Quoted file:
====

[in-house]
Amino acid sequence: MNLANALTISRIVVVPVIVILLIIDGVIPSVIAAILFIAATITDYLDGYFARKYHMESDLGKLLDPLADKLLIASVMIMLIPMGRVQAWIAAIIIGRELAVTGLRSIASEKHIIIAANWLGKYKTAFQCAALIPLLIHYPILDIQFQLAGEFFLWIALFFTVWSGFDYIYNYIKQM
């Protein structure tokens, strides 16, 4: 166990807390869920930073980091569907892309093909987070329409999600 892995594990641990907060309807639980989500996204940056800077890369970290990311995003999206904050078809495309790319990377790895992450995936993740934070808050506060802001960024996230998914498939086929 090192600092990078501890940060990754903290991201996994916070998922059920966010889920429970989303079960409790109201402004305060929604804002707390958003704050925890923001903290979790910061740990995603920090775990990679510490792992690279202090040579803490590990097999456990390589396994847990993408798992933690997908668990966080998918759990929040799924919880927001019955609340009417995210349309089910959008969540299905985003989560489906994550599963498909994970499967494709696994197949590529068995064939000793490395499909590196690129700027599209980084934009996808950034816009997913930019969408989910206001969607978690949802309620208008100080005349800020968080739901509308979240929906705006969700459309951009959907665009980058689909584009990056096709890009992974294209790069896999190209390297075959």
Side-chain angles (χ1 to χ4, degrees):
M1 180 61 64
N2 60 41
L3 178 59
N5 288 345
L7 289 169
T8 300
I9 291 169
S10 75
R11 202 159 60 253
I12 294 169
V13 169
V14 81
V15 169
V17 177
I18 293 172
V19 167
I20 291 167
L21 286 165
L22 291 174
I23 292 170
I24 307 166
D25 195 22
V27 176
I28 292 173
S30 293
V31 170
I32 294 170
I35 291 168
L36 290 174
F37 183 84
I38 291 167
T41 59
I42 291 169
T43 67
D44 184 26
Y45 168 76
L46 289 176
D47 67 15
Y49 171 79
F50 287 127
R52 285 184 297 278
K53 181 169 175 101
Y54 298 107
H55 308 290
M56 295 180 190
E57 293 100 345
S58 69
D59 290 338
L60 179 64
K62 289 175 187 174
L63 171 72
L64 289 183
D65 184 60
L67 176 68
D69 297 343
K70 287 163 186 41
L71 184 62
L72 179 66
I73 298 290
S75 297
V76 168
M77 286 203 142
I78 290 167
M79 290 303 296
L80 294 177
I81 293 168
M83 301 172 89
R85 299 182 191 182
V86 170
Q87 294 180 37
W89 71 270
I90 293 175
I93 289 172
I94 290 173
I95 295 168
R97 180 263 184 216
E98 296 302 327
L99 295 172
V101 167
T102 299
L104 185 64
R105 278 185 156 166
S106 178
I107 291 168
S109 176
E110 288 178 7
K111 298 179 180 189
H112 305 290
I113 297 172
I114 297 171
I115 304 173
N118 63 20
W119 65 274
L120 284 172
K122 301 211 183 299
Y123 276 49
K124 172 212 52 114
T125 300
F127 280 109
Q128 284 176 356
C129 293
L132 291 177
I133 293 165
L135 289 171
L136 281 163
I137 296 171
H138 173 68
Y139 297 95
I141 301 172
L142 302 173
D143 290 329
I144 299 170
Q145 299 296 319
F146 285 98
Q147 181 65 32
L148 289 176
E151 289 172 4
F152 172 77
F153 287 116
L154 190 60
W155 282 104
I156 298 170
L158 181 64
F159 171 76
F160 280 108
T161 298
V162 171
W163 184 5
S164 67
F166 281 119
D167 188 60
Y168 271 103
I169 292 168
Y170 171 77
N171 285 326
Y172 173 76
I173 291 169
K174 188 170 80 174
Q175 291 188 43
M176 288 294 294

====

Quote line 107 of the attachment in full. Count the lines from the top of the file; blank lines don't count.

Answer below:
I133 293 165